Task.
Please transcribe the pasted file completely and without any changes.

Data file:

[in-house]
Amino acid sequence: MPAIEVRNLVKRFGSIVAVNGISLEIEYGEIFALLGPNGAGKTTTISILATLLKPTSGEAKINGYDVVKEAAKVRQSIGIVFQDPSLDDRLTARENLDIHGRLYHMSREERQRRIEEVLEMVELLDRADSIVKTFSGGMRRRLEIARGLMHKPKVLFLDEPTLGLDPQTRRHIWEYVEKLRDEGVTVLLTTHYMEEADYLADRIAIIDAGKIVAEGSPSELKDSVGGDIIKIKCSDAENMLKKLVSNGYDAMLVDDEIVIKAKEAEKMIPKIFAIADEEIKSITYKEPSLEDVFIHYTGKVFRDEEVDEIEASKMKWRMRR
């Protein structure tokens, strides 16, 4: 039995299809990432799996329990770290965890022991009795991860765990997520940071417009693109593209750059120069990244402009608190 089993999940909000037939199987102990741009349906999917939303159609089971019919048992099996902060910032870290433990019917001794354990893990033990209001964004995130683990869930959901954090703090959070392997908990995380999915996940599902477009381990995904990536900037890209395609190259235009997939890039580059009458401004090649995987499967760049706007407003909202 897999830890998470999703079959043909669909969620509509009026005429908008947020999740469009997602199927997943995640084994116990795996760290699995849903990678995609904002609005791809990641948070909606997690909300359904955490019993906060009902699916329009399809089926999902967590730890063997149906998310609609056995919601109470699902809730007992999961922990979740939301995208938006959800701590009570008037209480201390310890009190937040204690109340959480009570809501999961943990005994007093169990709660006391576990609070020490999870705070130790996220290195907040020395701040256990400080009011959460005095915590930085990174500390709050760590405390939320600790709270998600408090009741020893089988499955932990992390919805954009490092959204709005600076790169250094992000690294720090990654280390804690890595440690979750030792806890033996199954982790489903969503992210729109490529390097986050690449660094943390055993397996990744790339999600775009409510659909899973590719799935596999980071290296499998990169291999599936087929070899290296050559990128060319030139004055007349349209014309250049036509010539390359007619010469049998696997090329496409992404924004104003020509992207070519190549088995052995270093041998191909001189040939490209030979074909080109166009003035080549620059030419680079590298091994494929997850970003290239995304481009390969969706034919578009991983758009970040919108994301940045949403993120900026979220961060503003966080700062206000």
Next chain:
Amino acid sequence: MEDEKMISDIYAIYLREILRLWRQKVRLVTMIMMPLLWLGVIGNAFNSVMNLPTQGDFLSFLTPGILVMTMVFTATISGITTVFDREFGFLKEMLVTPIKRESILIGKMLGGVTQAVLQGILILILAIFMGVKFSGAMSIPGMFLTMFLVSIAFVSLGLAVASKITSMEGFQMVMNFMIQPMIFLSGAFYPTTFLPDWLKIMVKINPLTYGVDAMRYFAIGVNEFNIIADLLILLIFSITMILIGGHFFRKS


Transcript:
[in-house]
Amino acid sequence: MPAIEVRNLVKRFGSIVAVNGISLEIEYGEIFALLGPNGAGKTTTISILATLLKPTSGEAKINGYDVVKEAAKVRQSIGIVFQDPSLDDRLTARENLDIHGRLYHMSREERQRRIEEVLEMVELLDRADSIVKTFSGGMRRRLEIARGLMHKPKVLFLDEPTLGLDPQTRRHIWEYVEKLRDEGVTVLLTTHYMEEADYLADRIAIIDAGKIVAEGSPSELKDSVGGDIIKIKCSDAENMLKKLVSNGYDAMLVDDEIVIKAKEAEKMIPKIFAIADEEIKSITYKEPSLEDVFIHYTGKVFRDEEVDEIEASKMKWRMRR
């Protein structure tokens, strides 16, 4: 039995299809990432799996329990770290965890022991009795991860765990997520940071417009693109593209750059120069990244402009608190 089993999940909000037939199987102990741009349906999917939303159609089971019919048992099996902060910032870290433990019917001794354990893990033990209001964004995130683990869930959901954090703090959070392997908990995380999915996940599902477009381990995904990536900037890209395609190259235009997939890039580059009458401004090649995987499967760049706007407003909202 897999830890998470999703079959043909669909969620509509009026005429908008947020999740469009997602199927997943995640084994116990795996760290699995849903990678995609904002609005791809990641948070909606997690909300359904955490019993906060009902699916329009399809089926999902967590730890063997149906998310609609056995919601109470699902809730007992999961922990979740939301995208938006959800701590009570008037209480201390310890009190937040204690109340959480009570809501999961943990005994007093169990709660006391576990609070020490999870705070130790996220290195907040020395701040256990400080009011959460005095915590930085990174500390709050760590405390939320600790709270998600408090009741020893089988499955932990992390919805954009490092959204709005600076790169250094992000690294720090990654280390804690890595440690979750030792806890033996199954982790489903969503992210729109490529390097986050690449660094943390055993397996990744790339999600775009409510659909899973590719799935596999980071290296499998990169291999599936087929070899290296050559990128060319030139004055007349349209014309250049036509010539390359007619010469049998696997090329496409992404924004104003020509992207070519190549088995052995270093041998191909001189040939490209030979074909080109166009003035080549620059030419680079590298091994494929997850970003290239995304481009390969969706034919578009991983758009970040919108994301940045949403993120900026979220961060503003966080700062206000």
Next chain:
Amino acid sequence: MEDEKMISDIYAIYLREILRLWRQKVRLVTMIMMPLLWLGVIGNAFNSVMNLPTQGDFLSFLTPGILVMTMVFTATISGITTVFDREFGFLKEMLVTPIKRESILIGKMLGGVTQAVLQGILILILAIFMGVKFSGAMSIPGMFLTMFLVSIAFVSLGLAVASKITSMEGFQMVMNFMIQPMIFLSGAFYPTTFLPDWLKIMVKINPLTYGVDAMRYFAIGVNEFNIIADLLILLIFSITMILIGGHFFRKS